Life will find a way

Creationists sometimes try to argue that what we consider straightforward, well-demonstrated cytological and genetic events don’t and can’t occur: that you can’t get chromosome rearrangements, or that variations in chromosome number and organization are obstacles to evolution, making discussions of synteny, or the rearrangement of chromosomal material in evolution, an impossibility. These are absurd conclusions, of course—we see evidence of chromosomal variation in people all the time.

For example, A friend sent along (yes, Virginia, there is a secret network of evilutionists busily sharing information with one another) a remarkable case study of a radical chromosome arrangement in a mother and daughter. When you see how these chromosomes are scrambled, you’ll wonder how they ever managed to sort themselves out meiotically to produce viable offspring…but life will find a way.

First, here’s a partial karyotype to show the affected chromosomes 6, 9, 11, and 20. These are four pairs of chromosomes, and in a normal karyotype, each member of the pair should be basically identical to the other; here you can see that they’re of different lengths, and even the pattern of bands shows some variations that are difficult to make out.

(a, b) Partial high-resolution GBG-banded karyotypes showing the rearranged chromosomes 6, 9, 11 and 20 of mother (a) and daughter (b).

After a fair amount of work, the investigators sorted out what was wrong. There were 12 breakpoints in these four chromosomes, and the fragments had been scrambled about to form these rearranged chromosomes, color-coded to help sort out who is who.

Summary of all breakpoints after completion of all mapping efforts. The chromosome fragments are drawn to scale.

This is amazing stuff. This is what cells do, though: when chromosomes are damaged, there are repair enzymes that struggle to put them back together. These enzymes are not smart or guided in any way, so they just do the best job they can…and sometimes that means they are reassembled so they can function, but it may not be the usual order of things.

Now the mother in this pair had the above arrangement of chromosome bits. The father’s chromosome set was normal (as was that of the woman’s parents), except that he did have a small deletion (again, these kinds of minor variations in chromosomes are common). In meiosis, when the woman produces haploid eggs, one step requires that chromosomes pair up—both orange chromosomes line up together, as do both blue ones, both green ones, and both yellow ones. Then they separate in an orderly fashion to guarantee that each egg receives exactly one orange chromosome, one blue, one green, and one yellow.

Umm, wait a minute…both orange chromosomes? In this woman, the orange chromosome is scattered in fragments across four chromosomes. How could this woman’s cells arrange and sort out their contents in a well-distributed way?

Well, one way is for the chromosomes to contort themselves into strange yoga positions that allow most of the color-coded bits to pair up appropriately. Here, for example, is the most likely solution that allows the majority of the chromosomal homologs to pair up in meiosis. That’s impressive.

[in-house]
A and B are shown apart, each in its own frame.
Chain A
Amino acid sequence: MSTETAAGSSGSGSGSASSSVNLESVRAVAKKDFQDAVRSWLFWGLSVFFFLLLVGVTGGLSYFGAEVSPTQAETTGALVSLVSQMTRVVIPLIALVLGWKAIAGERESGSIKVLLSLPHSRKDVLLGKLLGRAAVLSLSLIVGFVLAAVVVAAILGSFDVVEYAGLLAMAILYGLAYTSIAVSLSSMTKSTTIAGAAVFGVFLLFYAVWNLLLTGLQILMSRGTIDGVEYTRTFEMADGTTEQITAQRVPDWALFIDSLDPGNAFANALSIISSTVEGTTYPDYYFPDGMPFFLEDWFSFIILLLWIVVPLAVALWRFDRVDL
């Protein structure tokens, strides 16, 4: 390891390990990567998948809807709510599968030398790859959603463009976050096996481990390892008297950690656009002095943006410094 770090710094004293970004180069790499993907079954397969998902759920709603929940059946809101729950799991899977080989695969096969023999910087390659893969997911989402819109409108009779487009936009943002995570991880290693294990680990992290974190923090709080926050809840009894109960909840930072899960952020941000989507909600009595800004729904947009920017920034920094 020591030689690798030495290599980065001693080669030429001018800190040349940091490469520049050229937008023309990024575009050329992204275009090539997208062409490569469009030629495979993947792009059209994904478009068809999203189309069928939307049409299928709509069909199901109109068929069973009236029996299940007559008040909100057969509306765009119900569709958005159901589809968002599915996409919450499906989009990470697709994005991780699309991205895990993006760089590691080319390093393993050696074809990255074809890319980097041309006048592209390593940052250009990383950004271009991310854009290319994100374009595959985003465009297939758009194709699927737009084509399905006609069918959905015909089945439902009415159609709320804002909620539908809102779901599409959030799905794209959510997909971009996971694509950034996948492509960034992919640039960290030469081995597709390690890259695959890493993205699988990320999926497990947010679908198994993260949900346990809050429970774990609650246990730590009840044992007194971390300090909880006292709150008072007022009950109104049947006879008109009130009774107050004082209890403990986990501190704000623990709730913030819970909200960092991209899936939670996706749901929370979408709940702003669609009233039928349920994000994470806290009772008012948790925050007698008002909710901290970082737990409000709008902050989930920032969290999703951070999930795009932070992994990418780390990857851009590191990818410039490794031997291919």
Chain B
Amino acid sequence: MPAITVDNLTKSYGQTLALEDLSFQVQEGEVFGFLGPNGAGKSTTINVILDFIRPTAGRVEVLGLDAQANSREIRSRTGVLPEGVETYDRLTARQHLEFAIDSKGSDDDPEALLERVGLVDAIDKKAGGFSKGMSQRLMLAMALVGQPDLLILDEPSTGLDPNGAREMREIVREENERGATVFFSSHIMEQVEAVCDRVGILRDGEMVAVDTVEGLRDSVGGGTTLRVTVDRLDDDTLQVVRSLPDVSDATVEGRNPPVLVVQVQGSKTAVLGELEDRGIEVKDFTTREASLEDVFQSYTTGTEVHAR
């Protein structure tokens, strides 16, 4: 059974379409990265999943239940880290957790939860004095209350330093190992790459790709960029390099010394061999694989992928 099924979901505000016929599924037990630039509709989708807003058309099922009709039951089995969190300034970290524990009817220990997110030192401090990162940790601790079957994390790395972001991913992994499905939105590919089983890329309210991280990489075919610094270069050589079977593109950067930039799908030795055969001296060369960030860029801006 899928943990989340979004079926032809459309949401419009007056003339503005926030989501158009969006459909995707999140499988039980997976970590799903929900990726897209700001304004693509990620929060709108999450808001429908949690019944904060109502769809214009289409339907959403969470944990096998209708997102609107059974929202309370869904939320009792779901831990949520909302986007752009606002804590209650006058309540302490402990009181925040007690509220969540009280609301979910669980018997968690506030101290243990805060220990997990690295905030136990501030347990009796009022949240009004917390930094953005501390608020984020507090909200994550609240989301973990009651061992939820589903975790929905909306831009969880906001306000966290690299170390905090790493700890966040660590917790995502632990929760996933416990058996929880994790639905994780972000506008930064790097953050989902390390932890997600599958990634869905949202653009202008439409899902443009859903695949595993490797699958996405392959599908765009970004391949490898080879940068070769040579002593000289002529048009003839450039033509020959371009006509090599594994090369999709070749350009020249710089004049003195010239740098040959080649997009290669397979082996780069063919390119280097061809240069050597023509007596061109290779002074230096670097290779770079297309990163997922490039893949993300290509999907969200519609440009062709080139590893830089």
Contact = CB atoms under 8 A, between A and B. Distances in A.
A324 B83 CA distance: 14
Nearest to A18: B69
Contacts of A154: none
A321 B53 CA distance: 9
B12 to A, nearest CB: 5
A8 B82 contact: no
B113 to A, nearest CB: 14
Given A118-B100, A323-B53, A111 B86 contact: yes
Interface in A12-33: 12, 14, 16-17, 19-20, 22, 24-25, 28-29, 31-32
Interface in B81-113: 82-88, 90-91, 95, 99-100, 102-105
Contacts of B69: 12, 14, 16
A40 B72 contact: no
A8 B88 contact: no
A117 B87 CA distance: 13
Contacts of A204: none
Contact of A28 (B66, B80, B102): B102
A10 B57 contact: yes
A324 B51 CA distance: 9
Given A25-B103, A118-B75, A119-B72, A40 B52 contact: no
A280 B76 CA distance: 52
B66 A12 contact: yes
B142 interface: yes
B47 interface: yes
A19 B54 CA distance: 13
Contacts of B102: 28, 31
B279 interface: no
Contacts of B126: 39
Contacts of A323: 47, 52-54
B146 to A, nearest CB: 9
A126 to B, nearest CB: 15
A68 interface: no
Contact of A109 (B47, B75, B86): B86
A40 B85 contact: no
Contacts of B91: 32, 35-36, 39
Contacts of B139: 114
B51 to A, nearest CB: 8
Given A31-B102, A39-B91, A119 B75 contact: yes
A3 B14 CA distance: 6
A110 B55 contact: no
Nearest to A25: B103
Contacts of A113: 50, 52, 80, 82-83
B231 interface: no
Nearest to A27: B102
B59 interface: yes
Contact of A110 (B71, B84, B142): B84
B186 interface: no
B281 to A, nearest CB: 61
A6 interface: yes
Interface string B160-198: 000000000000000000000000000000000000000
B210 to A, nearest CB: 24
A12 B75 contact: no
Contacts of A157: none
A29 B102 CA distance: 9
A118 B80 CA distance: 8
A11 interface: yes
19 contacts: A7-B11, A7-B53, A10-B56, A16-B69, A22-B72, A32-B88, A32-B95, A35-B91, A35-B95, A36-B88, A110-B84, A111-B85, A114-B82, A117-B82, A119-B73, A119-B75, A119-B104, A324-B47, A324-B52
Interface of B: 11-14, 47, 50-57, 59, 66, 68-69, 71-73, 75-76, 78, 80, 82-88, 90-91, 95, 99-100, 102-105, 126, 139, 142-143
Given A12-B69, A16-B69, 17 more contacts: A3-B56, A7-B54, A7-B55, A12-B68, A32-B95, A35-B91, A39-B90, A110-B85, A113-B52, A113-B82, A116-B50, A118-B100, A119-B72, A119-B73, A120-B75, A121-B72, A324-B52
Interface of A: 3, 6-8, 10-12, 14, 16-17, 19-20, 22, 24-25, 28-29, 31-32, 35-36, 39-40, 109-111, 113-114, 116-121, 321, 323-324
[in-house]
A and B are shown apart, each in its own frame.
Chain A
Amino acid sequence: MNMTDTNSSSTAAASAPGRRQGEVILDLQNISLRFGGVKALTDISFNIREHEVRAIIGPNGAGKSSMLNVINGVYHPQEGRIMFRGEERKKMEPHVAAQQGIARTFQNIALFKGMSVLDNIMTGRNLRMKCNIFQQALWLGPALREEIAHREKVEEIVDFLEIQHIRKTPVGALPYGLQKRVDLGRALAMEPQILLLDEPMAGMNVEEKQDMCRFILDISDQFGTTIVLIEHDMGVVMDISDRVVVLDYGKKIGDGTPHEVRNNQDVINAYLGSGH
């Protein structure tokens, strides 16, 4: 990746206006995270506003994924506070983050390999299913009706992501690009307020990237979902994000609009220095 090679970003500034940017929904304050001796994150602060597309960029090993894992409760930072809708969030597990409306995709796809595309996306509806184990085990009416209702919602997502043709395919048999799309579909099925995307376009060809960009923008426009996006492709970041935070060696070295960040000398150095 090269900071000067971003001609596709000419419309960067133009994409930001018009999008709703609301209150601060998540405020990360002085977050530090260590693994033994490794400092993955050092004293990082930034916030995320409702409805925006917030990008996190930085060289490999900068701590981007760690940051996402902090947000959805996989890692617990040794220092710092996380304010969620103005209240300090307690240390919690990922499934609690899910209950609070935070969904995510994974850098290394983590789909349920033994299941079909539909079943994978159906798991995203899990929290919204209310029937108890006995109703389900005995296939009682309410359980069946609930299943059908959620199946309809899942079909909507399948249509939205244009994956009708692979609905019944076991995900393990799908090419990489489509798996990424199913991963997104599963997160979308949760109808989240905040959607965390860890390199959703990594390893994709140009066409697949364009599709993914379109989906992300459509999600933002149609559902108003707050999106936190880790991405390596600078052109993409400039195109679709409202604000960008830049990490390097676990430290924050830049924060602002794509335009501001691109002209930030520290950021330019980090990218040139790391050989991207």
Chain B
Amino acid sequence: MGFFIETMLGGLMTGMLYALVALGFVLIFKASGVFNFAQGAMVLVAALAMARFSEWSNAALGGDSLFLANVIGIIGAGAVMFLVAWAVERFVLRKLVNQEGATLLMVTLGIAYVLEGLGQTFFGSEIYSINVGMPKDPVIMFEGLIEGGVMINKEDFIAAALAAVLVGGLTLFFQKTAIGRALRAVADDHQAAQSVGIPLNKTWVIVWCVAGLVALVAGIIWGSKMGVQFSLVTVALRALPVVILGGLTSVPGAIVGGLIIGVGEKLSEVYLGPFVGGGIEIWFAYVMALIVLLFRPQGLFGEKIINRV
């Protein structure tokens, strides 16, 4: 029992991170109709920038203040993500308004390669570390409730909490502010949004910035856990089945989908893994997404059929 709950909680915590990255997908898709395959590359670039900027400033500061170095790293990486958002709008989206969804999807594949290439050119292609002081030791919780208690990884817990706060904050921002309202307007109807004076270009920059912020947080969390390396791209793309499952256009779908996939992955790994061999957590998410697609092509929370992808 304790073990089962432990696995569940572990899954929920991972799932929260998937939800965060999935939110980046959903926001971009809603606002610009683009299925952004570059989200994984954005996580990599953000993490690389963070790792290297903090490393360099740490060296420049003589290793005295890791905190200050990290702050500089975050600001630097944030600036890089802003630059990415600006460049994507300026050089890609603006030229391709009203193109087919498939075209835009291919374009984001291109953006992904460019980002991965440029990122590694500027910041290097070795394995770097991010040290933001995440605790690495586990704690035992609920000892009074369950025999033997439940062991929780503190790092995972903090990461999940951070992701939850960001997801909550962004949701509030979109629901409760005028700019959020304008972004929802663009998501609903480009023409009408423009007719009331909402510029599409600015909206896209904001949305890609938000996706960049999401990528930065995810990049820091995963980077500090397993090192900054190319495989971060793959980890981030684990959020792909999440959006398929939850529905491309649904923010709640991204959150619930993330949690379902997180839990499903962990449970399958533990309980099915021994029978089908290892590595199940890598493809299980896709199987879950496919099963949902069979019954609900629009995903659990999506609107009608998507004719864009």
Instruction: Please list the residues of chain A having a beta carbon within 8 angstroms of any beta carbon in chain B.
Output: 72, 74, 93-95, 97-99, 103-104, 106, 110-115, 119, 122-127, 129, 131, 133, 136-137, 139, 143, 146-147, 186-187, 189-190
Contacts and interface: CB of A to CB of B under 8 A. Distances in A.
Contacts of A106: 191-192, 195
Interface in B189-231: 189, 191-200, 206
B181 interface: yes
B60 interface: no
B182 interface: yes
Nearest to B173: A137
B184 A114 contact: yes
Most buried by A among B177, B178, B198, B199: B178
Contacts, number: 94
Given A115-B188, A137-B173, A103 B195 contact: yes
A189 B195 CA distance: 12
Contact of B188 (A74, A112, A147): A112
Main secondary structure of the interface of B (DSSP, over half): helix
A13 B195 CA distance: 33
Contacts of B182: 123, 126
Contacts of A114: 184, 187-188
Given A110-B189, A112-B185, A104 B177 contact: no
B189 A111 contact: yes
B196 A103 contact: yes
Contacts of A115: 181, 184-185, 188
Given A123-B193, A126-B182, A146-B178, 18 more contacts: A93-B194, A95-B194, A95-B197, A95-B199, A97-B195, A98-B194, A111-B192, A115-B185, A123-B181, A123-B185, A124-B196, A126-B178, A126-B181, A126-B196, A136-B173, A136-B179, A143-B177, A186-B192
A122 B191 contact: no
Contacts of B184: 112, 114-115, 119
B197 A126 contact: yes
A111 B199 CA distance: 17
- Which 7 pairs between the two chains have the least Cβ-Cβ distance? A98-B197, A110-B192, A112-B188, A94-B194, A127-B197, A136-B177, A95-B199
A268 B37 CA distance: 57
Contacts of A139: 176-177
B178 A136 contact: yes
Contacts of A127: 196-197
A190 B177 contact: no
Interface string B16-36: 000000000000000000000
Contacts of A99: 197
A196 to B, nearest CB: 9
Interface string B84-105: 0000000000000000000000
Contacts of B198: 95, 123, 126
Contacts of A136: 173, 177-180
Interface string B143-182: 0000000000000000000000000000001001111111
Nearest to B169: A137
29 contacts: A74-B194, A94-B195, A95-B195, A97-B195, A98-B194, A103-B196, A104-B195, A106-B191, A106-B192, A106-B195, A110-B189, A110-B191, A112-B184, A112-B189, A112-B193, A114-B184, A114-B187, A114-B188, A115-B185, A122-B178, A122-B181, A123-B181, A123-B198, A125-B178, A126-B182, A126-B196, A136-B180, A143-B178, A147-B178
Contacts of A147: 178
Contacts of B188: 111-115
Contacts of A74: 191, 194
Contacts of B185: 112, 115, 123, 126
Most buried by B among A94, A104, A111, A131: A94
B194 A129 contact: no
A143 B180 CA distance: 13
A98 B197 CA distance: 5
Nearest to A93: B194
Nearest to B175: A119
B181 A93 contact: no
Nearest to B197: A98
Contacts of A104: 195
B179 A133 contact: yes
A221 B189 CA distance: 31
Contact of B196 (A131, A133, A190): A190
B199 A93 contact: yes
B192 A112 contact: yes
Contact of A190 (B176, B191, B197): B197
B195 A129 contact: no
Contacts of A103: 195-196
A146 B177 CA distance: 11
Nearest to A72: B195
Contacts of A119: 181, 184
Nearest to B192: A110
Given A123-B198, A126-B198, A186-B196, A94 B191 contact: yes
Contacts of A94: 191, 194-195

(b–d) Putative pachytene configurations in meiosis. (b) One
possible pachytene configuration could consist of two tetravalents.

Even more impressive is a truly maximal pairing that allows all of the homologous portions to be in register, a structure called an octavalent that brings all 4 pairs of chromosomes together in a very specific tangle. This is an optimal arrangement for pairing, but is less likely to have occurred simply because getting that many chromosomes into an ideal arrangement is difficult.

(c) Possible octavalent pachytene figure allowing more regions to
synapse. (d) An alternative octavalent figure allowing even more
regions to synapse.

The real test of whether this can happen, of course, is that the woman successfully reproduced. It was difficult, and she had three miscarriages first—probably a result of occasions when her chromosomes did not sort out properly, and so her egg had an unbalanced arrangement—but on the fourth try she had a healthy daughter. The daughter had some developmental abnormalities, developmental delays, some retardation (although she did graduate from school), and later was diagnosed with diabetes. These problems are not a direct consequence of the chromosome arrangement, however, since the mother had the same arrangement without the developmental problems. Both mother and daughter shared one unusual trait, the prolonged expression of fetal hemoglobin, which could be correlated with one of the breakpoints.

This is an extreme example of a scrambled chromosome; lesser variations, like single translocations or fusions, are far less problematic.

Fauth C, Gribble SM, Porter KM, Codina-Pascual M, Ng BL, Kraus J, Uhrig S, Leifheit J, Haaf T, Fiegler H, Carter NP, Speicher MR (2006) Micro-array analyses decipher exceptional complex familial chromosomal rearrangement.
Hum Genet 119(1-2):145-53.


  1. #1 Paper Han
    July 14, 2008

    Fascinating! Thank you very much. I have often wondered how descendant species could have different numbers of chromosomes, since it would seemingly be a barrier to reproduction. Now I begin to understand. I knew there must be a solution, since it obviously happened. :-)